Phoebe continued, "I didn't arrive for my role until 3 weeks after filming had begun … The other girls all rallied round to help me get into the part and we rehearsed a lot on our own. Arielle and I have a big fight scene when she throws me out of her elegant French chateau for seducing her son. Arielle and I rehearsed that fight down to the very last detail. We didn’t want anything unforeseen to go wrong. Both of us were wearing intricate dresses for the scene. Mine was an antique lace gown, and we both had elaborate hair styles, so our movements had to be carefully planned so as not to damage the clothes or disarrange our make-up."  

On 'Dynasty' that year, Jack Coleman played John Forsythe and Joan Collins' on-screen son, "People are always curious but I think most people have grown up to the point where they don’t assume you are your character any more. Sometimes, it's been a little bit annoying … As long as people appreciate me as an actor and don't start looking at me as some sort of role model then I'm comfortable with it … I happen to be very broad-minded and can accept many different ways of life, but I don't feel that it's my mission to enlighten the world. It's my job to give a good performance, so if people appreciate my performance and what I do with the character then I'm happy to have them as fans."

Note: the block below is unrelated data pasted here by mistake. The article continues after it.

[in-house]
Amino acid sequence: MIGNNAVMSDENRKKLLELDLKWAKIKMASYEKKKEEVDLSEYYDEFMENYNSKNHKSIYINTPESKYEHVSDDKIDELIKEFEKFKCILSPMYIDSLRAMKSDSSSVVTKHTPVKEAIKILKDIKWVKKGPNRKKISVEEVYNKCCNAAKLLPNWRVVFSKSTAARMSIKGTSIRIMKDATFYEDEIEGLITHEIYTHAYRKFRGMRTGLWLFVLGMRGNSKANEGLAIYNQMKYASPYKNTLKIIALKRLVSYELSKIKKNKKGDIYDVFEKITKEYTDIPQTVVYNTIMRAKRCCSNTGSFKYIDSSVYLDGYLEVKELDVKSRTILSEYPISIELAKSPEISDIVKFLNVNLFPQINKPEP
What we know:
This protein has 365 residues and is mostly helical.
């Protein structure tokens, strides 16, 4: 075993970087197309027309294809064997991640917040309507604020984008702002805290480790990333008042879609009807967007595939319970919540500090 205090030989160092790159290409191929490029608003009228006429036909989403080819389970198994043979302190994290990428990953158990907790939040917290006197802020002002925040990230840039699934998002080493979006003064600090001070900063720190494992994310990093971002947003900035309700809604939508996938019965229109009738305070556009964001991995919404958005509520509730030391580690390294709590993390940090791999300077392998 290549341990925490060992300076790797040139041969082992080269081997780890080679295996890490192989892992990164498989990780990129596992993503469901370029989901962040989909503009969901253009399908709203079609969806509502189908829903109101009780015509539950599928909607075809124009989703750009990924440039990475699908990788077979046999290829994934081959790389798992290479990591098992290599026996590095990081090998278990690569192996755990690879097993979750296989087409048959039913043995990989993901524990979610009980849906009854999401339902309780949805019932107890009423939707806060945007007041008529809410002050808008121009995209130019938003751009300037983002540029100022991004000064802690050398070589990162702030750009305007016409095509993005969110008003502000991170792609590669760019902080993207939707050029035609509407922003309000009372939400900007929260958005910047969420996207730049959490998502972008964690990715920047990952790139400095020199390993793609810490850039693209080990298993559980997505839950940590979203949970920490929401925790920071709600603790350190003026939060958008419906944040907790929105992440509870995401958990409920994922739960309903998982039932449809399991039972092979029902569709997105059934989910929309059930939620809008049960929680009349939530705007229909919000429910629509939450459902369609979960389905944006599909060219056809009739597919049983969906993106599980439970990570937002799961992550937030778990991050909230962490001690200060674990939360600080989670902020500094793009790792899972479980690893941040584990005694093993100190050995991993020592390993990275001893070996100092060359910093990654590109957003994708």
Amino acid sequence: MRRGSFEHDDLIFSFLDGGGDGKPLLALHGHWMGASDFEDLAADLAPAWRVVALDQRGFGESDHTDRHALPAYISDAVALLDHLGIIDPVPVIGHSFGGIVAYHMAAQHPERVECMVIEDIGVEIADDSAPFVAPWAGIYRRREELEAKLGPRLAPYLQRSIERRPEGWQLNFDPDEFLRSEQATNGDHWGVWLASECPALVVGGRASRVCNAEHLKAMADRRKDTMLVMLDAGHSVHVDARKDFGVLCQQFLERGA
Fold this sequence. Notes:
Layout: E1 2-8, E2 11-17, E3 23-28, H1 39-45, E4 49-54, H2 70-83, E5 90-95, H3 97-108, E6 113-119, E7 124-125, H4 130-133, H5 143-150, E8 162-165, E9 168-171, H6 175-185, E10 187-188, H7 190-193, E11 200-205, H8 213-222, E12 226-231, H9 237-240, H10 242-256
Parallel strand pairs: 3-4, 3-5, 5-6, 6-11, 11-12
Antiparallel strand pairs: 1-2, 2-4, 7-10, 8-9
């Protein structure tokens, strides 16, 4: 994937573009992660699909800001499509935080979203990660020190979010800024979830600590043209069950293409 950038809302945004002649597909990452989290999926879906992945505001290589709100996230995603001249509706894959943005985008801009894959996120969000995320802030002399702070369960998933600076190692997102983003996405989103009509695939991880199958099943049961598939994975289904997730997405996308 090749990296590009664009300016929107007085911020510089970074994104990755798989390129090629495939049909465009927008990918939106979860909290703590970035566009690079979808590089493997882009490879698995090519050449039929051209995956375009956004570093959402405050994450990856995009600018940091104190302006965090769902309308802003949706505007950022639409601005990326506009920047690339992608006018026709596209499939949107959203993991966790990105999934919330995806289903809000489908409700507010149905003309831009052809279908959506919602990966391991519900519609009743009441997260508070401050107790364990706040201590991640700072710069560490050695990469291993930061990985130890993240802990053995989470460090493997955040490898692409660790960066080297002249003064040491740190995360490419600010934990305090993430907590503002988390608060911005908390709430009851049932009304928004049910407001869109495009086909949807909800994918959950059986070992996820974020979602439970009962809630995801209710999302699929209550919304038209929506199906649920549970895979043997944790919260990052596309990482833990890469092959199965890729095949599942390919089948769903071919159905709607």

'Lace II' went on air in May 1985. The sequel explored Lili's search for her father. 'Lace II' attracted around 24% share of the audience, a rating of about 15.3%. Commentator Lynn Hoogenbom made the observation at the time, "If you've read 'Lace', you're probably wondering what all the fuss is about. That book made it quite clear who Lili's father is. But even if you have read the 2 books ('Lace' and 'Lace II'), you won't be that far ahead of everyone else. The plot lines of 'Lace II', the book, and 'Lace II', the mini-series, travel different routes before winding up in the same spot." 

The No. 1 mini-series of the 1984-85 season was 'Fatal Vision', attracting some 47% of the TV sets in the U.S. that were turned on at the time 'Fatal Vision' went on air. Grant Tinker of NBC remarked, "Everybody goes for the lowest common denominators. I don’t want us to go that way. We want to keep the path we’re on, and let the chips and the Nielsens fall where they may."